Updated 16 March 2017

Scientists aim for prototype of cancer surgery device

Hungarian scientists are aiming for the first prototype of a new device that will help surgeons distinguish between healthy tissue and tumours in a split-second as they operate.


Hungarian scientists are aiming for the first prototype of a new device in two years that will help surgeons distinguish between healthy tissue and tumours in a split-second as they operate and remove cancerous tissue precisely.

Hungarian chemist Zoltan Takats started to work on the technology in 2002 in the United States and from 2004 onwards at the Budapest Semmelweis Medical University in cooperation with the Imperial College London, where he works now.

Last week, U.S.-based Waters Corporation acquired the technology - called Rapid Evaporative Ionization Mass Spectrometry (REIMS) - from Hungarian start-up firm MediMass Ltd.

Waters said in a July 22 statement on its website that the technology could be used to create the "Intelligent Knife" or "iKnife," a device "in the conceptual stages of development that could potentially be used for real-time diagnostics in surgery".

Read: New gene tests speed up tumour evaluation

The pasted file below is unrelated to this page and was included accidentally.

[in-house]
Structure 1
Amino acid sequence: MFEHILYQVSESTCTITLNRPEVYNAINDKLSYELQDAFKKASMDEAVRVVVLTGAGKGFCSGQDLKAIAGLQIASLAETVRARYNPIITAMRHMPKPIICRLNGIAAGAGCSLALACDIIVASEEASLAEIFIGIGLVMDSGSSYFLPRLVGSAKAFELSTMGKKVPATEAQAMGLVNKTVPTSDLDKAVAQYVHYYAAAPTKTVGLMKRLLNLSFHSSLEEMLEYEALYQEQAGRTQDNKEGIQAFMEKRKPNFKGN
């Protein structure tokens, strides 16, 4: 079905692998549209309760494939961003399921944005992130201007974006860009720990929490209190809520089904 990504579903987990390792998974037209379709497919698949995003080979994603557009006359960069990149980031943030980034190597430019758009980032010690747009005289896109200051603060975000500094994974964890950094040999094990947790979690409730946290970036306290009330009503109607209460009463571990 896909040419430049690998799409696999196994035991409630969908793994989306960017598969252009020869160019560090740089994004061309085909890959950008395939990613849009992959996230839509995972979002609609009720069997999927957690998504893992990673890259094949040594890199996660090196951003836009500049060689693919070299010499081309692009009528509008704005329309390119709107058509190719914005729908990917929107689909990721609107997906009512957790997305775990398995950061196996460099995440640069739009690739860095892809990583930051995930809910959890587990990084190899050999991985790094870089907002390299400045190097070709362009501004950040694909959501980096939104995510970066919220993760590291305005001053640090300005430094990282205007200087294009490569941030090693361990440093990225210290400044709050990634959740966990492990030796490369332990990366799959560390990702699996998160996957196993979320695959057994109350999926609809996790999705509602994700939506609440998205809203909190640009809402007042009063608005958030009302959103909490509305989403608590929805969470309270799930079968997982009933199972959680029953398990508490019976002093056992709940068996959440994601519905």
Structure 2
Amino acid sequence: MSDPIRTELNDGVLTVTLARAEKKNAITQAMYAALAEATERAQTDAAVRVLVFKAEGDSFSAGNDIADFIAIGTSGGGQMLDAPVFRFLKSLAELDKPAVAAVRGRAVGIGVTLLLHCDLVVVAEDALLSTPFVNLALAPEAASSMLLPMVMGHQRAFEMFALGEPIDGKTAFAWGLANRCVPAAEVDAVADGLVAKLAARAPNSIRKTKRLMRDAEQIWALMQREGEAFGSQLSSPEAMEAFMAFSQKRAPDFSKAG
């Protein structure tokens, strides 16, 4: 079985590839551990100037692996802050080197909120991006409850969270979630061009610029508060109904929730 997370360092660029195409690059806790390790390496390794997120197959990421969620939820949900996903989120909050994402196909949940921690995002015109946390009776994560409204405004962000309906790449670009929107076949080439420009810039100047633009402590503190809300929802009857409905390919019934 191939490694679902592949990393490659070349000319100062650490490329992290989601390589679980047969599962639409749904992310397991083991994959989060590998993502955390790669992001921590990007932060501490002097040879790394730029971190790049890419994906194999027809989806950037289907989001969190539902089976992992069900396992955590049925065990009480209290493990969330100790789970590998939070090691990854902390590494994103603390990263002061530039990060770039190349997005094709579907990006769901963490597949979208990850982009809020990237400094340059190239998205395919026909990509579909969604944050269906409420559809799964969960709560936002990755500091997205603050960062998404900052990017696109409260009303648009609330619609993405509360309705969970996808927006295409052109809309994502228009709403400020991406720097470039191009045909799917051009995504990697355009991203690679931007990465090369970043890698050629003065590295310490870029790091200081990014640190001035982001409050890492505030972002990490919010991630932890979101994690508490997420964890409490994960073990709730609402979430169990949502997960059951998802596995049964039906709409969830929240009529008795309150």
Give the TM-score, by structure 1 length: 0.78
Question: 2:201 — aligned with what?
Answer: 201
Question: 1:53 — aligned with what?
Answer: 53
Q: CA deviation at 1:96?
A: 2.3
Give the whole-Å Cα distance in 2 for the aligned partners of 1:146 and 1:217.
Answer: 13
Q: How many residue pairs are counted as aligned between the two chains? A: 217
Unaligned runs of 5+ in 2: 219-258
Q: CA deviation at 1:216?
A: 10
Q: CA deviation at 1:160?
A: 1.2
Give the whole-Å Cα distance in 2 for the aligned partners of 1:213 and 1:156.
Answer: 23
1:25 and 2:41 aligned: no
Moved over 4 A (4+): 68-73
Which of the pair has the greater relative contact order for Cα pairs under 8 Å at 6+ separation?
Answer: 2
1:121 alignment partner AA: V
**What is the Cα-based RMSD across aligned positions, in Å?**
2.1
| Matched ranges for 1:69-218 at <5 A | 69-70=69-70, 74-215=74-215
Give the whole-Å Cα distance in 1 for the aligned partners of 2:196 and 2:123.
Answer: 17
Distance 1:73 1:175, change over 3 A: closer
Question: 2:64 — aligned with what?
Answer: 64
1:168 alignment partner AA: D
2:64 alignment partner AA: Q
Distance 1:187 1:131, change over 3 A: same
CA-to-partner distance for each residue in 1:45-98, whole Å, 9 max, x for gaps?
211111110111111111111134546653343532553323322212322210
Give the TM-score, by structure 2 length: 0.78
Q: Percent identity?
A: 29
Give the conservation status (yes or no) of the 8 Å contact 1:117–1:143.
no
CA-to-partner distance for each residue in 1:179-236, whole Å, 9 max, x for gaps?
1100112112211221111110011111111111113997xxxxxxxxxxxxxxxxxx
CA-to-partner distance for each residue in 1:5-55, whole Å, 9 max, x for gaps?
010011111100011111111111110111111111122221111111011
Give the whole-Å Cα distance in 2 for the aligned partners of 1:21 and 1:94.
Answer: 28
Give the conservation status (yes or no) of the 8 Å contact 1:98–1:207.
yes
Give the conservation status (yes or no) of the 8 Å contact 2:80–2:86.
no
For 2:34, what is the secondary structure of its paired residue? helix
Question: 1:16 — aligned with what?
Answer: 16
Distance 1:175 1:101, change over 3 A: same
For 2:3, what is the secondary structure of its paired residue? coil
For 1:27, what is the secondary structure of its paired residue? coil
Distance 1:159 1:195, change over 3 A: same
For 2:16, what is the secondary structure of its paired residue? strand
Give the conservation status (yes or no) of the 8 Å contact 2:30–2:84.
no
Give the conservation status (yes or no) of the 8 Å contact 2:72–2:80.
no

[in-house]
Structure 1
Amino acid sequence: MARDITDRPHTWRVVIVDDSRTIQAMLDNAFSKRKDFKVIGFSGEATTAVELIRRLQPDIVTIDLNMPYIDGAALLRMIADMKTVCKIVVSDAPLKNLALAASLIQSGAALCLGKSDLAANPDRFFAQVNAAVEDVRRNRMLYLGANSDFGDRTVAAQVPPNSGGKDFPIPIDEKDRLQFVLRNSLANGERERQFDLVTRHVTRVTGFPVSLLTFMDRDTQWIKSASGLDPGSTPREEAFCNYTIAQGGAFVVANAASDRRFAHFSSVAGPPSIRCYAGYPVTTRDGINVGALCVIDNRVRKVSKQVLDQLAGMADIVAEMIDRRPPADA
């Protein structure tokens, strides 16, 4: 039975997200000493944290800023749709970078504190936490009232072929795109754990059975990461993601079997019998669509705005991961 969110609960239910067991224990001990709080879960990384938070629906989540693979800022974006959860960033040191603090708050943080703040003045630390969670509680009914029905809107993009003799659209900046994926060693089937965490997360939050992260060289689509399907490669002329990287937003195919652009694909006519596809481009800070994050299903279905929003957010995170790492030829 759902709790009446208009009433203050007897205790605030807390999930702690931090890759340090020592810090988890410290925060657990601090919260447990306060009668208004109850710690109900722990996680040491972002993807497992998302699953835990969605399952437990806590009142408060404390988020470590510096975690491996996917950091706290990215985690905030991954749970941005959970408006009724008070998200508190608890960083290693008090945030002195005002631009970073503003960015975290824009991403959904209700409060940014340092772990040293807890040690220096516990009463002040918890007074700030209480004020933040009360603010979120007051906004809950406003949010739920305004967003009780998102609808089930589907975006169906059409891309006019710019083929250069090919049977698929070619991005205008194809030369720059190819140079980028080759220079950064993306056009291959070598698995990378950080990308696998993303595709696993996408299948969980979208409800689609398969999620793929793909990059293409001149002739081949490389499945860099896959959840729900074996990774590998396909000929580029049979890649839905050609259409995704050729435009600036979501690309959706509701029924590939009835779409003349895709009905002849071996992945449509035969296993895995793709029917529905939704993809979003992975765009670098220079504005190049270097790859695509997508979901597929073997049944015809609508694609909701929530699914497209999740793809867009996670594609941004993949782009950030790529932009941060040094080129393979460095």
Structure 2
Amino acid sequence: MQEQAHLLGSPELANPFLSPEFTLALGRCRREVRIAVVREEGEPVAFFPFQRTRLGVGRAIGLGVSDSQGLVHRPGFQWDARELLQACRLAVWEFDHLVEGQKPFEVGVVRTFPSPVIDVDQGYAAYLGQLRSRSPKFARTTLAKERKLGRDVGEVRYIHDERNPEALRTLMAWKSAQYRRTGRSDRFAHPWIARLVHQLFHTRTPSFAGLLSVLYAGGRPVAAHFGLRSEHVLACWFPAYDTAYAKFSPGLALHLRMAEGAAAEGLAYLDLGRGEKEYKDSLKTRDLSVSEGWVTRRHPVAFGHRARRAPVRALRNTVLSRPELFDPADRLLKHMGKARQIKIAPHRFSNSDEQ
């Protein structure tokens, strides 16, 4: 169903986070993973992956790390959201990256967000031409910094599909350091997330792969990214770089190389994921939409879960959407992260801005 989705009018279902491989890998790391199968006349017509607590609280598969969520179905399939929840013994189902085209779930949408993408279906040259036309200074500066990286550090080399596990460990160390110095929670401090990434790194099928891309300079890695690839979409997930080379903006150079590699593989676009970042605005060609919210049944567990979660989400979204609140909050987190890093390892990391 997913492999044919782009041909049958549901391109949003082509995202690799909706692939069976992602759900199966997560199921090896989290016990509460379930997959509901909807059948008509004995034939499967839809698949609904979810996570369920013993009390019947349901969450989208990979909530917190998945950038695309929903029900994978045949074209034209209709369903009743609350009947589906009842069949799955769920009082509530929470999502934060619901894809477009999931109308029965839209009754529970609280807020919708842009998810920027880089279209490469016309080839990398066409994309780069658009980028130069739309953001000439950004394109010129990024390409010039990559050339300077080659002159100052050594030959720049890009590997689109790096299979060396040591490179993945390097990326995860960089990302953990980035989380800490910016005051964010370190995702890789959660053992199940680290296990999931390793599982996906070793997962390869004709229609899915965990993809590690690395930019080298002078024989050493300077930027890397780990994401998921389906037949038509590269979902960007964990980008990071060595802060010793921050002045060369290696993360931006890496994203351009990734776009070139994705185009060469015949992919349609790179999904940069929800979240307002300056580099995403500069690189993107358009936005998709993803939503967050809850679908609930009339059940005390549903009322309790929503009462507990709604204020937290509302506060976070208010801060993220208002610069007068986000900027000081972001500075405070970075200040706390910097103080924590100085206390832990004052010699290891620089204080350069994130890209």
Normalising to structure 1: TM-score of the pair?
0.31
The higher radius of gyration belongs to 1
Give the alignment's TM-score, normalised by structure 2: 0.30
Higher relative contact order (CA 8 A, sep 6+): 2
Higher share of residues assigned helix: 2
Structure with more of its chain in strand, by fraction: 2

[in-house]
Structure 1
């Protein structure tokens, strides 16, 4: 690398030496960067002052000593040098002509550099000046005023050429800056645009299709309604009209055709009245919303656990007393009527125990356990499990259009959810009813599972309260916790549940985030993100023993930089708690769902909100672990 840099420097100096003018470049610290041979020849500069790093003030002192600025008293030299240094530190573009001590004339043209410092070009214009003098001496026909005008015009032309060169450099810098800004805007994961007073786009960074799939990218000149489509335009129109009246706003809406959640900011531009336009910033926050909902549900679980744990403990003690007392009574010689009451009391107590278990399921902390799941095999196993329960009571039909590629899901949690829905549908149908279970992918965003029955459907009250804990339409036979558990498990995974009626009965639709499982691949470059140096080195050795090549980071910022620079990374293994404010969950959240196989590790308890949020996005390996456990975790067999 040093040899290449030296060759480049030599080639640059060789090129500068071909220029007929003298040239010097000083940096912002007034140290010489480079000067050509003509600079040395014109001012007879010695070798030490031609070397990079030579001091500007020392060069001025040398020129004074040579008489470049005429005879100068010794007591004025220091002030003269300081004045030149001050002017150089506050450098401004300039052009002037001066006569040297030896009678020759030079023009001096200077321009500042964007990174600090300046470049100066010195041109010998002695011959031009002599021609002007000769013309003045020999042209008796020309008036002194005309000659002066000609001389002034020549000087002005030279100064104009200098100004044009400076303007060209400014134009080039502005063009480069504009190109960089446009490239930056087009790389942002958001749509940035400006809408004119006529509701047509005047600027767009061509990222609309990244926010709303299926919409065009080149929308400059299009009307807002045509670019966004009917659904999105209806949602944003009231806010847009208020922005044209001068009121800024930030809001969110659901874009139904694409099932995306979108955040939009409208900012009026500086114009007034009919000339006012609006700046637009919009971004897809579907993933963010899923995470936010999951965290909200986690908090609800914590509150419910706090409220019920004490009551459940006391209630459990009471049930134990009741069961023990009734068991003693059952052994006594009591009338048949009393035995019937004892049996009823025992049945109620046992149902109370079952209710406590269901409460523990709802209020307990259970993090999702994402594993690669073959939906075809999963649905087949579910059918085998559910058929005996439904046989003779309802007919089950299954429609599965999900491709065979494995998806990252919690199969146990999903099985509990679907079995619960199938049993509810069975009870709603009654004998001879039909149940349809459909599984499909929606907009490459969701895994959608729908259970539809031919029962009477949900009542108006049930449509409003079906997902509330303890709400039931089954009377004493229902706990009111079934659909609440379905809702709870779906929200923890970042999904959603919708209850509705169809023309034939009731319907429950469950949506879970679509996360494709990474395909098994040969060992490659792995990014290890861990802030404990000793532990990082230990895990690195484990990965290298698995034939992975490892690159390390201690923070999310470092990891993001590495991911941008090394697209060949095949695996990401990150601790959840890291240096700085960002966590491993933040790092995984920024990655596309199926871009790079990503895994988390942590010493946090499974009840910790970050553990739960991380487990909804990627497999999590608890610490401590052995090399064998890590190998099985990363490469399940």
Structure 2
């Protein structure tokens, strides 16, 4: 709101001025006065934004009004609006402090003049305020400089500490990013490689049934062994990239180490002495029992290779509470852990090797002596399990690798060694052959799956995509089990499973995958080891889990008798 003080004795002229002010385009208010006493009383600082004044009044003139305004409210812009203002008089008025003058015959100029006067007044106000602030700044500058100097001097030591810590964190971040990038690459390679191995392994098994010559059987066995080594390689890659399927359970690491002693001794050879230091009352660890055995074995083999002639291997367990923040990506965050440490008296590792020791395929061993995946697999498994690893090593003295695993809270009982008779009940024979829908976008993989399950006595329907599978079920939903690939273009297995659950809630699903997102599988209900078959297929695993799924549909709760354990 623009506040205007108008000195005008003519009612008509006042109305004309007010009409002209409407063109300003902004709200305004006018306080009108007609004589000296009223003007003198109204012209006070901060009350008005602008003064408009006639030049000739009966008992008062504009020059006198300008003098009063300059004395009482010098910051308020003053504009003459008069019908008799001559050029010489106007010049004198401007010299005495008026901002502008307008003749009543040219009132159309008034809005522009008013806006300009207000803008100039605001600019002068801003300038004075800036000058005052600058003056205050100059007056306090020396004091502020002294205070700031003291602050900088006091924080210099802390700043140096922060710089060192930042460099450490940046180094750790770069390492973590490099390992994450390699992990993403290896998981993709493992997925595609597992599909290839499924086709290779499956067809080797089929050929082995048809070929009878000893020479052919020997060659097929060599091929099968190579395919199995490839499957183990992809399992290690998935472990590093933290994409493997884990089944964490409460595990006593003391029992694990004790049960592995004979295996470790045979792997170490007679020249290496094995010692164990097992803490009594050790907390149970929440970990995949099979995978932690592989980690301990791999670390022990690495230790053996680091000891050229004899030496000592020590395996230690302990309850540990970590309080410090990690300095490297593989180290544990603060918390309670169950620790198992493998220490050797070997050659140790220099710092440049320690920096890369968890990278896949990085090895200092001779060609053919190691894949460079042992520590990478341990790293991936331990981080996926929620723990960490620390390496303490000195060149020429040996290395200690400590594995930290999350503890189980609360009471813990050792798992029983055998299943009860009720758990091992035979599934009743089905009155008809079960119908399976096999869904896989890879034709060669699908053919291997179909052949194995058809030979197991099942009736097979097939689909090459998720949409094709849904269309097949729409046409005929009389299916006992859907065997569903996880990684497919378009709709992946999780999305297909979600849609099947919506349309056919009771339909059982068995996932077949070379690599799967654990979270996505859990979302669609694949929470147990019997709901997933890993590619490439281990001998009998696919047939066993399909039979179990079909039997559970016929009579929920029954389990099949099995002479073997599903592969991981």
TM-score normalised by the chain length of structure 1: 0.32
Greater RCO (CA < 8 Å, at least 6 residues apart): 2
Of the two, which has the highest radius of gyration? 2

Takats told Reuters he hoped the acquisition would give the project a new momentum, leading to a device prototype within two years and licensing a couple of years after that.

"What we have developed is a device that can tell a surgeon the kind of tissue on which he is operating," Takats said.

The invention combines two existing technologies: mass spectrometry, which is a chemical analytical method, and electrosurgery.

"These two are very, very far from each other, and no one has ever thought that these two could be combined," Takats said.

The technology relies on a modification of the electrosurgical knife, which sends up molecules in the form of smoke as surgeons operate and which Takats and his colleagues direct to the mass spectrometer for testing.

This allows analysis of the sample tissue on the spot in less than a second. Under normal circumstances, surgeons need to send off samples to a laboratory for analysis, and it takes about an hour in Hungary to get the result, Takats said.

"At the moment we are able to produce not only the mass spectrometry information within about half a second, but also analyse it and identify the kind of tumour on which the surgeon is operating," Takats said. "This whole process can be done in 0.7 second at the moment."

MediMass Chief Executive Akos Tallos declined to say how much Waters had paid for the assets, which include patent applications, software, databases and REIMS expertise.

"This transaction will... give a fresh boost to creating the prototype of the device and then its licensing afterwards," Tallos said.

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